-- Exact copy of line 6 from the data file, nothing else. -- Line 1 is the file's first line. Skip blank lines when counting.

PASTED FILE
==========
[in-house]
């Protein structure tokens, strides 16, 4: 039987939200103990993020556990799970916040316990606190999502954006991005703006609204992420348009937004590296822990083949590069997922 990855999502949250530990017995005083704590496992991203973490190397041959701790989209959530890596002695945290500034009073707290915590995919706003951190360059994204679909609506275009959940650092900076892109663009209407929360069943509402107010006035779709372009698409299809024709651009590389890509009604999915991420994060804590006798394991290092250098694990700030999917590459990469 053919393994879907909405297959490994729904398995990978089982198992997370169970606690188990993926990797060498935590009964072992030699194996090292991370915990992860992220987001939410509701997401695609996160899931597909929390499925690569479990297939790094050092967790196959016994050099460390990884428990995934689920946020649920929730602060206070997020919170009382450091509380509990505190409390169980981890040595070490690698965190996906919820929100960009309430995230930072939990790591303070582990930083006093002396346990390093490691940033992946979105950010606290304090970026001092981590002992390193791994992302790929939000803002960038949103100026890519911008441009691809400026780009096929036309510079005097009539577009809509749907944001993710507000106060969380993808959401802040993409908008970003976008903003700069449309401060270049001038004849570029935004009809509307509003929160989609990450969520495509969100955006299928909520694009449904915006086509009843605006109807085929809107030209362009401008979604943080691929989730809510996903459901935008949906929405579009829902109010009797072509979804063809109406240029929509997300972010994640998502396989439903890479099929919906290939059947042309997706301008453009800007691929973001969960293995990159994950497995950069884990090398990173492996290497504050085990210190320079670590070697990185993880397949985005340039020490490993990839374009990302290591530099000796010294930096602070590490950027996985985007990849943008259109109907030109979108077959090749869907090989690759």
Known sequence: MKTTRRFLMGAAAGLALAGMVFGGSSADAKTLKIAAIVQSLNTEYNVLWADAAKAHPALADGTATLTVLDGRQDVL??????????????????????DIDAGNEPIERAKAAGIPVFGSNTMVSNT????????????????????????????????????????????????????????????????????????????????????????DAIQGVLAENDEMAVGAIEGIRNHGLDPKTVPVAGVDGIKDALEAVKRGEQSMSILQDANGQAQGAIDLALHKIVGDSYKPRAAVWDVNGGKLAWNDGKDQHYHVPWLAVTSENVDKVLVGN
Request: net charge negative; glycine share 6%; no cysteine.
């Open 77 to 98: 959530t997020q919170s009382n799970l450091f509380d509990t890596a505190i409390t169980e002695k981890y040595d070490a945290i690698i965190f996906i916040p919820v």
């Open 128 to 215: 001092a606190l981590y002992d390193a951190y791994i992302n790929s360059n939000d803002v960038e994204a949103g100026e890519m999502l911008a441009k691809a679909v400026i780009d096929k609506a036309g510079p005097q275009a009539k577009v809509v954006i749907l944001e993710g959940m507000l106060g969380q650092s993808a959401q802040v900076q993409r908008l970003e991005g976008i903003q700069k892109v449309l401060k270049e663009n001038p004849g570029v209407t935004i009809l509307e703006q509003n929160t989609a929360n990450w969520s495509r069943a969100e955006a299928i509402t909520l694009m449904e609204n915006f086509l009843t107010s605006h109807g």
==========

């Open 128 to 215: 001092a606190l981590y002992d390193a951190y791994i992302n790929s360059n939000d803002v960038e994204a949103g100026e890519m999502l911008a441009k691809a679909v400026i780009d096929k609506a036309g510079p005097q275009a009539k577009v809509v954006i749907l944001e993710g959940m507000l106060g969380q650092s993808a959401q802040v900076q993409r908008l970003e991005g976008i903003q700069k892109v449309l401060k270049e663009n001038p004849g570029v209407t935004i009809l509307e703006q509003n929160t989609a929360n990450w969520s495509r069943a969100e955006a299928i509402t909520l694009m449904e609204n915006f086509l009843t107010s605006h109807g």